Shortly after my thirtieth birthday, I was diagnosed with coeliac disease. The diagnosis came as a shock to me. I hadn’t realised I was unwell, and only found out I had it as the antibodies showed up in a blood test I was having for something I thought was completely unrelated – itchy skin.
The diagnosis threw my world as I knew it into complete disarray. I called my husband from the hospital in tears when I was told I had two positive antibodies and would need a biopsy of my intestines to confirm. His response was comforting: “Can you still have wine? You’ll be fine”! I had a biopsy a few weeks later and by 23 July 2010 I had gone gluten free. For life.
Coeliac disease is an auto immune disease. There is no cure. The only treatment is to cut out gluten completely from your diet. Completely. It’s not like going on a weight loss diet and sneaking a piece of chocolate now and again. Cheating isn’t really an option. One crumb can cause damage to the intestines as it is the body’s reaction to gluten that causes the damage, rather than gluten itself.
It is safe to say that the concept of ‘never again’ was a really hard one for me to come to terms with. It didn’t apply to any other area of my life, and never had. It felt like all my favourite foods contained gluten, pizza being top of the list.
I had no idea what coeliac disease was. I had no idea what gluten was really. And when I discovered how many things contain it, I really spiralled downwards. As melodramatic as it sounds, I began to grieve.
First came denial. “I don’t have any of the usual symptoms”. “There must have been a mistake”. “I really think they could have mixed my results up with someone else’s”. When you see a photo of your own intestines you realise the latter isn’t really likely.
Next came anger – the whole ‘why me?’ phase. It has a genetic connection and I was desperate to understand why I was the only one in my family who has it. Not because I would have wished it on them – far from it – but because I felt I needed to make sense of it.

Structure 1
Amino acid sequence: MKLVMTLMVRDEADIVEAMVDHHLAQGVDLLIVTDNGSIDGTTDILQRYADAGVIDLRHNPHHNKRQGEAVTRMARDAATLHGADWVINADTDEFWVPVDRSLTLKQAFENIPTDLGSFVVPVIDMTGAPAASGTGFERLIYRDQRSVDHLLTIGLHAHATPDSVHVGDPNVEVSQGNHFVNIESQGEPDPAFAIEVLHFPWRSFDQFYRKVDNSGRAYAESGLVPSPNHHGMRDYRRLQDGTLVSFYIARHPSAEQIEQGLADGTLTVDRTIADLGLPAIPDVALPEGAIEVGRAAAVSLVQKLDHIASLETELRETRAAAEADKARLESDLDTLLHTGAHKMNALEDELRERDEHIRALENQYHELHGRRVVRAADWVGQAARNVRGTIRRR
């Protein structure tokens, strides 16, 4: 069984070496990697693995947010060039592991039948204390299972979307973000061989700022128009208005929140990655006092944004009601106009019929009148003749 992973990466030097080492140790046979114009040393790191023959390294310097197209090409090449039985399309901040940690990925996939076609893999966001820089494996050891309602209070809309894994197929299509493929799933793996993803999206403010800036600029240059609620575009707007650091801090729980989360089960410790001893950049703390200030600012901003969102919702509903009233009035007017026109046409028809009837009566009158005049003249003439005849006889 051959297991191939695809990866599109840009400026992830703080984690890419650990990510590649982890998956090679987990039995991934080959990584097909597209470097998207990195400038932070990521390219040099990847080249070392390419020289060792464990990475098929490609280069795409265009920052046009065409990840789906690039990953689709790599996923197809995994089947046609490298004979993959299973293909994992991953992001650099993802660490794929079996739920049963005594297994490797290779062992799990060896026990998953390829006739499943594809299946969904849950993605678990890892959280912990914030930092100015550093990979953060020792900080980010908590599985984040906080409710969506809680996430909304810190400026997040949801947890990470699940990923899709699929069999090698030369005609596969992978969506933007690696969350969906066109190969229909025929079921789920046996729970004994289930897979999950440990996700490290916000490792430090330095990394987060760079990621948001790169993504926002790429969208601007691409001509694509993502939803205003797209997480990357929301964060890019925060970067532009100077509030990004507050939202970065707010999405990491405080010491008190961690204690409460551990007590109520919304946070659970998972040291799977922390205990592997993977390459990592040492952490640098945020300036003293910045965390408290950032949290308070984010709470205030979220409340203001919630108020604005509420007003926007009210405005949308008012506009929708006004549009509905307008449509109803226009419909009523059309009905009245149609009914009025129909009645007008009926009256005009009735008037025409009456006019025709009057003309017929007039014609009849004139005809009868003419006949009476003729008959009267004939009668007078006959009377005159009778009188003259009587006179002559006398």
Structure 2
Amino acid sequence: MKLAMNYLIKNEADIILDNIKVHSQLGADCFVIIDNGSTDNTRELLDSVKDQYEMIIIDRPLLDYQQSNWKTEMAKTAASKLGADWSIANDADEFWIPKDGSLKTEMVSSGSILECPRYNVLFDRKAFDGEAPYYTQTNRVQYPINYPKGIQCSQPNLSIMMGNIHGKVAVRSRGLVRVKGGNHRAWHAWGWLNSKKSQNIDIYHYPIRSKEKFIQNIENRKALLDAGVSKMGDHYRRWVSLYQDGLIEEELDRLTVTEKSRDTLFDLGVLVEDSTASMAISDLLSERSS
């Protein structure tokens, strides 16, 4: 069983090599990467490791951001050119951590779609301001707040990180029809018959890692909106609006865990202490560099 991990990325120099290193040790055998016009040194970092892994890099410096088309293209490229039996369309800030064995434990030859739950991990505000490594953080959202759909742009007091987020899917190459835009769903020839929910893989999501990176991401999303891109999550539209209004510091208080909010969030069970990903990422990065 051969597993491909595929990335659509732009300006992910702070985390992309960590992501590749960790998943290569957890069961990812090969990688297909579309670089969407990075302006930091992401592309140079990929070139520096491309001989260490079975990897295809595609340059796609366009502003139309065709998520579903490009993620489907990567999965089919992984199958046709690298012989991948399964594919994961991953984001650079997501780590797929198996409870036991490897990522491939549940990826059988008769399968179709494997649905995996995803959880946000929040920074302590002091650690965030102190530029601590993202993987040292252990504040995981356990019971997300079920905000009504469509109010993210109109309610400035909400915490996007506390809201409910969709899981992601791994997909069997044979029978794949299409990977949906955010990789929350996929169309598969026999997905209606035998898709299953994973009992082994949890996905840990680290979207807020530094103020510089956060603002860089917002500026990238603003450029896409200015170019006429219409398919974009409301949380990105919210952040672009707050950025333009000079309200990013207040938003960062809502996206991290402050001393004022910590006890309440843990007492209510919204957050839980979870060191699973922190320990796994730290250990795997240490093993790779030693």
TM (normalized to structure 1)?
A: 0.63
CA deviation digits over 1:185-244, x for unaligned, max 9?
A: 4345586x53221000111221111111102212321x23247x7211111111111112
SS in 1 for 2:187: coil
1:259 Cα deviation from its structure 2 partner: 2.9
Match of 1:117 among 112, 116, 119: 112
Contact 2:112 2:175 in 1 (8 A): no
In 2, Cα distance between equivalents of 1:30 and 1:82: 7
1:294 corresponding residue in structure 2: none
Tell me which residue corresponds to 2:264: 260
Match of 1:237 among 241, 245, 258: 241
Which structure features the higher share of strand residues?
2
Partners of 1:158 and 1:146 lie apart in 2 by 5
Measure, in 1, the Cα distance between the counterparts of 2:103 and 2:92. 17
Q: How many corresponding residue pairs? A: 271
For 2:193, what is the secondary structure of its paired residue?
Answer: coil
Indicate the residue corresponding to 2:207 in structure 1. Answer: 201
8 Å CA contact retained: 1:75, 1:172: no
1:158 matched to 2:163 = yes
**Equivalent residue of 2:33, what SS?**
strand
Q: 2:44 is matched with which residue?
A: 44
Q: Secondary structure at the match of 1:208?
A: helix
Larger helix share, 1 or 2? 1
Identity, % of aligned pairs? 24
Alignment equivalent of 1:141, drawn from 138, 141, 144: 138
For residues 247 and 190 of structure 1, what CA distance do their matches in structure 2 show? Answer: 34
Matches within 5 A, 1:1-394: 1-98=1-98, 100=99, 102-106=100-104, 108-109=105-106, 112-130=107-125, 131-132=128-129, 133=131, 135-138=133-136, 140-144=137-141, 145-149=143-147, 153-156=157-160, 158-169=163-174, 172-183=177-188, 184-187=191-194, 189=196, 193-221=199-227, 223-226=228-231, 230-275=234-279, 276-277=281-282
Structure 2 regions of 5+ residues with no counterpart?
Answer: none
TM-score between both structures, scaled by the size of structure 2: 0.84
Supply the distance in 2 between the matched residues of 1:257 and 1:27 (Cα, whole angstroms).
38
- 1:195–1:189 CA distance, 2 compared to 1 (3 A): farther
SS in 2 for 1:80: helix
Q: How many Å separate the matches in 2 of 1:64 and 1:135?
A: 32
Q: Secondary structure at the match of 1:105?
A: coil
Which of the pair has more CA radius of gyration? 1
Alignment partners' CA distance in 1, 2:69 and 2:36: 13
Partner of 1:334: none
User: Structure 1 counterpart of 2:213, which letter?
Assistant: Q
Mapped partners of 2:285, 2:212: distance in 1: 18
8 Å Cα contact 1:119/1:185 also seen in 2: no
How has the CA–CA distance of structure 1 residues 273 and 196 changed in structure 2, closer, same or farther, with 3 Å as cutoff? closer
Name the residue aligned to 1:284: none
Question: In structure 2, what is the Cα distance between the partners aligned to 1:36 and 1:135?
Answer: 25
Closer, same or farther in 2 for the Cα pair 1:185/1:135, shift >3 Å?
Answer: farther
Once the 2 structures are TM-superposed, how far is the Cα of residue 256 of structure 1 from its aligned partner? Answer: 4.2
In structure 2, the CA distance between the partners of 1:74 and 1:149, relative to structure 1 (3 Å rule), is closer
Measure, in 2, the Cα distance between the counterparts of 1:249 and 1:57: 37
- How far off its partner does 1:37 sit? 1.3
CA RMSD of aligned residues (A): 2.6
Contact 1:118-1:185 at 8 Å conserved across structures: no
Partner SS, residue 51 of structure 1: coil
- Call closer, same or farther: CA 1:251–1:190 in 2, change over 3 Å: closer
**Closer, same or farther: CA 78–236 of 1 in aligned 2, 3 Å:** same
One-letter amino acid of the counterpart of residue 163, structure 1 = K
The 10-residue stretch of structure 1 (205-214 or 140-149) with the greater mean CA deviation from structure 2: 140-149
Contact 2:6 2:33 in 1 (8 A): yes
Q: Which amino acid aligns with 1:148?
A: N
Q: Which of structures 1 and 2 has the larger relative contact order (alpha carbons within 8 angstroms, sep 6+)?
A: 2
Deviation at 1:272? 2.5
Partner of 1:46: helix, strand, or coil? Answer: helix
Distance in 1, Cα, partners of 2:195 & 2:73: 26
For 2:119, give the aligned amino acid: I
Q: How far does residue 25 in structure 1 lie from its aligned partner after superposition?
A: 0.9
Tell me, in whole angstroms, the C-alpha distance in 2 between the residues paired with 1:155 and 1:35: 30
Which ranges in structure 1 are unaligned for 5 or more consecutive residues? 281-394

The anger was followed by a really long period of self pity and, on reflection, depression. I looked longingly at other people’s food and just wanted it. Even finding myself wanting to eat things I would never usually have eaten before just because now I couldn’t have them.
People’s well intentioned comments about how it could be worse only fuelled my anger. I was well aware it could be worse, and that just made me feel guilty for feeling as low as I did and berate myself for not snapping out of it.
Eventually I moved to a state of acceptance – sprinkled with the odd day where I still really mind. There are several things that helped get me there:
Coeliac UK. They are a charity for people with the disease and were an absolute lifeline, providing advice, support and an essential food and drink directory which lists products that are safe for me to eat. I joined my local support group and met other people who shared tips on eating out in my local area, which type of bread was the best, which shops sold which products and so on. http://www.coeliac.org.uk
My husband. He constantly allowed me to feel how I was feeling without putting any pressure on me to cheer up or get on with things faster than I felt able to. He also cooked and made sure I ate when my relationship with food deteriorated.
My family and friends. There is something so reassuring about having awesome friends who, when you are going for dinner call you up that afternoon to check whether an ingredient is ok for you. Then when you get to their house they announce “this is the gluten free side of the kitchen”. Or knowing your mum’s gravy always did contain cornflour instead of wheat flour so will taste the way it always did. Or having a friend who turns up on your doorstep with a paper bag from a Chinese takeaway and instead of it containing gluten-full takeaway, contains home-made gluten free dishes in a foil tray with a cardboard lid so that you can feel like you’re having a takeaway too!
Time. As much of a cliché as that may sound, as time went by, things really did start to get easier. I got familiar with what foods I could eat, what restaurants could cater for me, and tried to remember to take snacks with me when going out, as it’s the eating on the run that I find the most inconvenient aspect of being a coeliac. The work of Coeliac UK is invaluable in raising awareness and more products are arriving in the supermarket and more restaurants are providing gluten free options.
I still sometimes mourn how simple things were before, how I could eat whatever and wherever I wanted. But I know that my condition could have come with many more complications, such as dairy intolerance or diabetes, and therefore I have it easy compared to others.
So now I am working on opening up my horizons again, and dream of travelling abroad and being able to cope with being gluten free in countries where I don’t speak the language. Coeliac UK provides language translation sheets for that very purpose, so I know that what is holding me back is me.
I’ll get there. I hope those days where I still mind will become fewer and fewer. And when I go back to Rome I’ll come to terms with eating a salad outside the Coliseum instead of my beloved pizza!